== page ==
By John Schmeelk
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For once, the Knicks seem to have gotten some relatively positive injury news yesterday when Tyson Chandler was diagnosed with nothing more than a bone bruise in his knee.
Much to the Knicks’ glee, he should be able to get back in time for the season opener in Brooklyn against the Nets. (Then again, Amar’e Stoudemire was originally diagnosed with a bone bruise, but I’ll choose to be optimistic.) Chandler missing any significant time would be nothing short of a disaster.
Assuming Chandler is good to go, let’s break down who will actually get playing time once the season begins next week.
We’ll start in the middle, where Chandler will obviously start. If Marcus Camby gets back from his calf injury, he will be the backup and will get anywhere from 15-20 minutes a game. If Camby is not back, I would expect the Knicks to go with smaller lineups to start the season, with either Kurt Thomas or Rasheed Wallace (if he’s ready to play) getting time at center.
I wrote about the potential of Carmelo Anthony playing power forward a couple of days ago, but with Mike Woodson’s penchant for putting defense and rebounding first, Thomas will likely start at the four on opening night. If Camby isn’t back and Wallace isn’t ready for serious minutes, Thomas will have to play some center, forcing Woodson to make some tough decisions. He will either have to go with Anthony at the four for extended minutes or go to Chris Copeland, who showed he can contribute in the preseason. I think the former is far more realistic.
In my opinion, either Camby or Wallace will be ready to go, which means that the center and power forward minutes can be split between Chandler, Thomas, either Wallace or Camby and Anthony. That combination of players should be able to play 96 minutes at those two positions with decent production.
It’s obviously not what Glen Grunwald envisioned before the season, but until Stoudemire comes back, that’s the reality. The frontcourt will look much better once Stoudemire is back in the lineup. Thomas and Wallace will become bit players, with Camby being the primary backup to Chandler.
With Anthony having to take some time at power forward early in the season, Steve Novak might log upwards of 25-30 minutes a game. The Knicks open up with the Nets, Heat and Sixers. If Andrew Bynum still isn’t healthy, all three of those teams will be more than happy to play small with the Knicks.
That’s why fans should not be surprised to see a lot of Anthony and Novak at the forward positions until Stoudemire comes back. It’s a realistic possibility that he could be back for Dallas on November 9th.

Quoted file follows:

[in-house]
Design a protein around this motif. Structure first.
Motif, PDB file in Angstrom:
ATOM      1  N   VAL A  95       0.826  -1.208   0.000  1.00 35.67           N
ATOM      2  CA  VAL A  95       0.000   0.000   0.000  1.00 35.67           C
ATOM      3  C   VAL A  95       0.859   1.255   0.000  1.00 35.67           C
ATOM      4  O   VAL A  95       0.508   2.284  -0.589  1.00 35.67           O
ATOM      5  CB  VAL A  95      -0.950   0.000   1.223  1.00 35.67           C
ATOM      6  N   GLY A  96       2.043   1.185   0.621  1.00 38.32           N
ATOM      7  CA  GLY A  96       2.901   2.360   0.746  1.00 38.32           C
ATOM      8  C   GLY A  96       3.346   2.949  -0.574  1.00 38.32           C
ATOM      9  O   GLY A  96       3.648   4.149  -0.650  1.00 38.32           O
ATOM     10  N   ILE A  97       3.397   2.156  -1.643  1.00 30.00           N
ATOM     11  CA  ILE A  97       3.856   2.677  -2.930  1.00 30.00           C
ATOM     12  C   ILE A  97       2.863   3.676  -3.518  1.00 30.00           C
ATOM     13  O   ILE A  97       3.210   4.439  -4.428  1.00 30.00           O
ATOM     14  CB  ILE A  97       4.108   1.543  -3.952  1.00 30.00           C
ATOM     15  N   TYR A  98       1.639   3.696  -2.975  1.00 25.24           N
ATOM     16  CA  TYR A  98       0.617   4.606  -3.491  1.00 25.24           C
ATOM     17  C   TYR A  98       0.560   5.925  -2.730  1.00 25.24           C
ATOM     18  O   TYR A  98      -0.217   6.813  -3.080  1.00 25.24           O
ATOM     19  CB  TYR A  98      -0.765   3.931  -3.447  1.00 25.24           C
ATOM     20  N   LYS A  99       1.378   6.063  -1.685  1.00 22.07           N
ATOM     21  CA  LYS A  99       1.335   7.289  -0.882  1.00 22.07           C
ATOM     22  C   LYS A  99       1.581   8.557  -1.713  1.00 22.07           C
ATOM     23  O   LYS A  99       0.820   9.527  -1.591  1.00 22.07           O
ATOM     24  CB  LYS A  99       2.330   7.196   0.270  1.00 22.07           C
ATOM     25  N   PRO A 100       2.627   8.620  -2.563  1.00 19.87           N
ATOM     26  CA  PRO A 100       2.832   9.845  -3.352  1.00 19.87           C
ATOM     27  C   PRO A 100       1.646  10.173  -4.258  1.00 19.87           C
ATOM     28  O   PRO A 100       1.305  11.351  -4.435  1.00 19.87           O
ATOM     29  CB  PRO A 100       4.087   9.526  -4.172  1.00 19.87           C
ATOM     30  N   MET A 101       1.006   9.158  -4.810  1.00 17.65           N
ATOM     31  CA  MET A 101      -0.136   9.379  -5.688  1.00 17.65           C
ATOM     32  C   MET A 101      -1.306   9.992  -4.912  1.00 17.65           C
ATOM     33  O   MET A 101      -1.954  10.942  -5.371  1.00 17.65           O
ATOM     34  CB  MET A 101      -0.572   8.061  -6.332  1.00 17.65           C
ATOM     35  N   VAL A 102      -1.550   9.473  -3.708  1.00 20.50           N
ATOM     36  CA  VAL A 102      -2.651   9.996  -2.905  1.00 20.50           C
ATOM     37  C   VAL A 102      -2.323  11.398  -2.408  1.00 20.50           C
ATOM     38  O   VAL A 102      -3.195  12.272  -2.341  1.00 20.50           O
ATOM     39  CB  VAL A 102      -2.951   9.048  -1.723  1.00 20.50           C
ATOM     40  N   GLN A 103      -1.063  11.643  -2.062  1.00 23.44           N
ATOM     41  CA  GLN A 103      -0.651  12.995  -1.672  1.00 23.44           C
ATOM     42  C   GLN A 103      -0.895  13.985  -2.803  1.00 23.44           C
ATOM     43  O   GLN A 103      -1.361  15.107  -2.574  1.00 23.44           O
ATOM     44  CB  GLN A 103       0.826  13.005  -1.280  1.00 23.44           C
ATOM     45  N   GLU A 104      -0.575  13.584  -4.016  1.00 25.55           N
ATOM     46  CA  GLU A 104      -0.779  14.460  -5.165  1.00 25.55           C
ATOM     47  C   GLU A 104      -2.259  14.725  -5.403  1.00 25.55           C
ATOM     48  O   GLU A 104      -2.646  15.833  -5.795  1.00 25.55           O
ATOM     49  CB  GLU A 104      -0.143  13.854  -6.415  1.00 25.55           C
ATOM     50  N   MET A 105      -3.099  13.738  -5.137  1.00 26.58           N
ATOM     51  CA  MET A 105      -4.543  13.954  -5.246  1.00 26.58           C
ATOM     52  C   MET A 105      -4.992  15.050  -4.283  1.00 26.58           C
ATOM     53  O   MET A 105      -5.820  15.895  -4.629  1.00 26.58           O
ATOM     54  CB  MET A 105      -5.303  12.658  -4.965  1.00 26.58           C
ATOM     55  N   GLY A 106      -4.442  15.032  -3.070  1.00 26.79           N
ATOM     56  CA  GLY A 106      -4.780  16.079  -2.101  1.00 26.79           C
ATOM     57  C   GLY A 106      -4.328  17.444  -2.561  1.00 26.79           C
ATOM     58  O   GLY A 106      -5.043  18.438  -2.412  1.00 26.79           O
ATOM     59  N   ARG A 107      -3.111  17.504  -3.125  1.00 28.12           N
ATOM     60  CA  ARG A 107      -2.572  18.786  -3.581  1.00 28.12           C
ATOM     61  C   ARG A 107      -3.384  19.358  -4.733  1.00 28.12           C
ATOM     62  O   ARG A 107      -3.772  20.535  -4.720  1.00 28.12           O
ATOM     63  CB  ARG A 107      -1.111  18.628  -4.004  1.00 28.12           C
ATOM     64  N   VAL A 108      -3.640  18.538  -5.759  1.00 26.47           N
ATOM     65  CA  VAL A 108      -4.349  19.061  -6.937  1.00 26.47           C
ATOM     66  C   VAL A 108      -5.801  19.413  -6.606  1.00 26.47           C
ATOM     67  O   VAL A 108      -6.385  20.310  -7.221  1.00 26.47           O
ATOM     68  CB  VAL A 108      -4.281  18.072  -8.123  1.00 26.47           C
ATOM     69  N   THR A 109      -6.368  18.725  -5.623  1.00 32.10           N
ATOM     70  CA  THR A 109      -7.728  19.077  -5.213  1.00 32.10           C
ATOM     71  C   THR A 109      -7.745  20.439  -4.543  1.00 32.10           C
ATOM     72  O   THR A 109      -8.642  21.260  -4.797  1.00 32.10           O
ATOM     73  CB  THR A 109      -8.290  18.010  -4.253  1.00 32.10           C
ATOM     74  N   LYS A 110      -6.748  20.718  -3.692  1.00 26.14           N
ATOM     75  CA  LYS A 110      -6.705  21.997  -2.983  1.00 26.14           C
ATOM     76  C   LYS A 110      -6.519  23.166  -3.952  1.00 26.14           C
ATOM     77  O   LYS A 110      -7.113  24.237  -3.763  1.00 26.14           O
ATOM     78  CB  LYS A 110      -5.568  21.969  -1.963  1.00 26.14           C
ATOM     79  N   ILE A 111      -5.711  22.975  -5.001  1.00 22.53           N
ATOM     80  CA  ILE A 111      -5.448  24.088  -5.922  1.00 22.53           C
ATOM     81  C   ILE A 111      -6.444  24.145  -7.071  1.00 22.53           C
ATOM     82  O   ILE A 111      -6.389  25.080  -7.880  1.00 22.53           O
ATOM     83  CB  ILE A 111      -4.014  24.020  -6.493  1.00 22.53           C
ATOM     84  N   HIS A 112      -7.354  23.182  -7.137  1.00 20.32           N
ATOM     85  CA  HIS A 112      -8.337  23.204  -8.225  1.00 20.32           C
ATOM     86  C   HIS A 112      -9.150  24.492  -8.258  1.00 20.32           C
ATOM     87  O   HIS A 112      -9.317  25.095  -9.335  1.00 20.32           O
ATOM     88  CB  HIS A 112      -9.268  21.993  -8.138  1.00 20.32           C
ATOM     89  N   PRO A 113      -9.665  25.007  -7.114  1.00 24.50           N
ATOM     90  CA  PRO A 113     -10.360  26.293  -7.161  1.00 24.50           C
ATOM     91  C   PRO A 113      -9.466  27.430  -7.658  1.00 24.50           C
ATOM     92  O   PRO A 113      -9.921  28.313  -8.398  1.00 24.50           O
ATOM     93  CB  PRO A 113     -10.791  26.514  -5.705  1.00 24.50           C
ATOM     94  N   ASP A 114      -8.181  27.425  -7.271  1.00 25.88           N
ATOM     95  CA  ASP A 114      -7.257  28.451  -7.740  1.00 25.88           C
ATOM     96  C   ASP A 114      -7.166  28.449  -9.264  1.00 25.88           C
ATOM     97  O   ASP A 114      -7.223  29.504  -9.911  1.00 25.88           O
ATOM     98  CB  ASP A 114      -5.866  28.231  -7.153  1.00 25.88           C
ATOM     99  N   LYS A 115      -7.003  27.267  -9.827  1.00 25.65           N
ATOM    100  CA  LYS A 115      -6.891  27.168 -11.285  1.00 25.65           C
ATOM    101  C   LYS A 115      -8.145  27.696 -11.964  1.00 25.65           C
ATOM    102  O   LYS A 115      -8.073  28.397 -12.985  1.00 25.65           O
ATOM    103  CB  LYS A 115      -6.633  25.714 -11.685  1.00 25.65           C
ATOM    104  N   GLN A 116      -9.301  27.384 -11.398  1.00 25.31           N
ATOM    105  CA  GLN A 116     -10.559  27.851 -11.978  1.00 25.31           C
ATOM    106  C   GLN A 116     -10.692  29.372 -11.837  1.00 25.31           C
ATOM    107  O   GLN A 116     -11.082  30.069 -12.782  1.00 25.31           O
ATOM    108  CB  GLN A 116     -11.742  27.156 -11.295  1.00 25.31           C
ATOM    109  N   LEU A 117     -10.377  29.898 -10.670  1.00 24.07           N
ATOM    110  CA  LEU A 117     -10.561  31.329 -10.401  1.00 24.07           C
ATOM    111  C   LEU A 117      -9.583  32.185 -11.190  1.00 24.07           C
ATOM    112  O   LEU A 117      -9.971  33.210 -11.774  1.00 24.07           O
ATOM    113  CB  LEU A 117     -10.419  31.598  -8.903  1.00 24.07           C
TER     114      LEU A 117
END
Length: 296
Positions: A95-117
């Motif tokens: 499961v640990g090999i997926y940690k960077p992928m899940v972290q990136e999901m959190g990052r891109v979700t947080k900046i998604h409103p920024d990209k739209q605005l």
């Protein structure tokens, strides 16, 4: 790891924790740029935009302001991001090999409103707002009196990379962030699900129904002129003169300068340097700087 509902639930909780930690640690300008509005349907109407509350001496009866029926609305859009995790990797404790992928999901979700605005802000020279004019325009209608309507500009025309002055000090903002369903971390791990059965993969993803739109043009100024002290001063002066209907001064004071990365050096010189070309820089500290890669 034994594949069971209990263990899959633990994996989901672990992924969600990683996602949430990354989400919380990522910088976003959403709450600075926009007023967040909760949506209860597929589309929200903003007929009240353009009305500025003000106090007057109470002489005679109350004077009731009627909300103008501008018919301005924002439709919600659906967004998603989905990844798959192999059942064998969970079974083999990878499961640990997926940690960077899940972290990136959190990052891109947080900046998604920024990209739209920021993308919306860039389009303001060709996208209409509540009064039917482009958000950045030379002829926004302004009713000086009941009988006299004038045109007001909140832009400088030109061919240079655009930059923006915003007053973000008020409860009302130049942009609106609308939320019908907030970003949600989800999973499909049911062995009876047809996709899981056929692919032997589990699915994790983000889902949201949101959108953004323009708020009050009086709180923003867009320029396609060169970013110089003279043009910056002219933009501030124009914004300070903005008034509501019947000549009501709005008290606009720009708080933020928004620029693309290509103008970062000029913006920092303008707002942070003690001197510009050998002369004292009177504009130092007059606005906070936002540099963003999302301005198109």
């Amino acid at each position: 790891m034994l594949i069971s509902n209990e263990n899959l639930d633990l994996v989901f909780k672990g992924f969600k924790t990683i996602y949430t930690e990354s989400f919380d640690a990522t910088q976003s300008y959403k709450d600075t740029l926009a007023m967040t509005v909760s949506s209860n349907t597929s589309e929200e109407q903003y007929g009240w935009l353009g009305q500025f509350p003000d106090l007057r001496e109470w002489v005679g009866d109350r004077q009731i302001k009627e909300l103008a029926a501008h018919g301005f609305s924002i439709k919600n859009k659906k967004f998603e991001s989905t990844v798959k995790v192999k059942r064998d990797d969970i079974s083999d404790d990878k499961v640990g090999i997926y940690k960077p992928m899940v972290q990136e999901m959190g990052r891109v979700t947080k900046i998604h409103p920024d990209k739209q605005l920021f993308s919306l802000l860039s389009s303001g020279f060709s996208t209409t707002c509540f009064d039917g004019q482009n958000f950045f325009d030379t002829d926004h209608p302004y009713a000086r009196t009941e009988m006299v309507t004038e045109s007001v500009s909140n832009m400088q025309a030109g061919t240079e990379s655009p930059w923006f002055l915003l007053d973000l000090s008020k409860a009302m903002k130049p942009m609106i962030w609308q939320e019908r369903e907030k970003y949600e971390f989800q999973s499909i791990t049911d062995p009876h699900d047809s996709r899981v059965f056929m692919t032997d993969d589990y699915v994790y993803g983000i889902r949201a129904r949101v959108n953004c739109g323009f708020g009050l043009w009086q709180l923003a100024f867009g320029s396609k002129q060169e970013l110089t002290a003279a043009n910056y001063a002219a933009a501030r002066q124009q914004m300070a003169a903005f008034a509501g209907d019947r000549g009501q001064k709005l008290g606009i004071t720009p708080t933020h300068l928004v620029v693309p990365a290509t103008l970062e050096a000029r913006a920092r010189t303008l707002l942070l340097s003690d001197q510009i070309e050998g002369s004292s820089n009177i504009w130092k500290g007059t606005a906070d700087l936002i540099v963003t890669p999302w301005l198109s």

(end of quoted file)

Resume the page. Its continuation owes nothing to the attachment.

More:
The two starters in the backcourt are obvious: Raymond Felton and Ronnie Brewer. What Woodson does after those two guys is a question that remains to be answered. Assuming J.R. Smith is back from his ankle/Achilles injury, he’ll be the first guy off the bench at shooting guard. He might even see some time at small forward against certain teams. Jason Kidd will get minutes backing up Felton, and I think Woodson will find time for Pablo Prigioni as well.
All in all, until Stoudemire gets back, here’s how I see Woodson breaking down the 240 minutes available in an NBA game:
Raymond Felton: 31
Jason Kidd: 25
Pablo Prigioni: 8
Ronnie Brewer: 19
J.R. Smith: 24 (11 minutes as SF)
Carmelo Anthony: 38 (23 minutes at PF)
Steve Novak: 22
Tyson Chandler: 34
Kurt Thomas: 25
Marcus Camby or Rasheed Wallace: 14
Looking at those minutes, it’s pretty clear why the Knicks need either Camby or Wallace to be ready for next Thursday’s game. If they can’t go, the Knicks would have to go with Anthony at power forward for another 14 minutes a game and play more of Smith and Novak. Chandler missing significant time would be an absolute disaster for the Knicks, and it would turn them into a small-ball team that would struggle mightily on the boards.
Once Stoudemire gets back and starts playing his 32 minutes, I would bet that both Prigioni and Thomas will be taken out of the rotation, unless either is playing exceptional basketball. I would think Woodson would prefer to keep Novak at around 22 minutes and Smith at 25, rather than give some bit playing time to Prigioni or Thomas.
Next week I’ll do my best to preview the NBA season, including Eastern and Western Conference Previews, a very comprehensive look at the Knicks and then a little story about the new Knicks-Nets rivalry. I’ll put my predictions on paper so all of you can mock me for the next six months. It’s a win-win for everyone!
One Other Quick Note: It’s a shame to see David Stern retire as NBA commissioner in 2014. He’s the only person I’ve ever known to fill that position, and he has done a fantastic job despite the lockout last year. I’m sure that Adam Silver will do equally well, but never with the aplomb and hilarious one liners that Stern provides on a regular basis. I’m just looking forward to the next year-plus of Stern, since he will likely be even more local and willing to comment on things since he is on his way out the door. It should be fun.
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Is Schmeelk on the mark with his divvying up of minutes? What changes would you make? Sound off with your thoughts and comments below…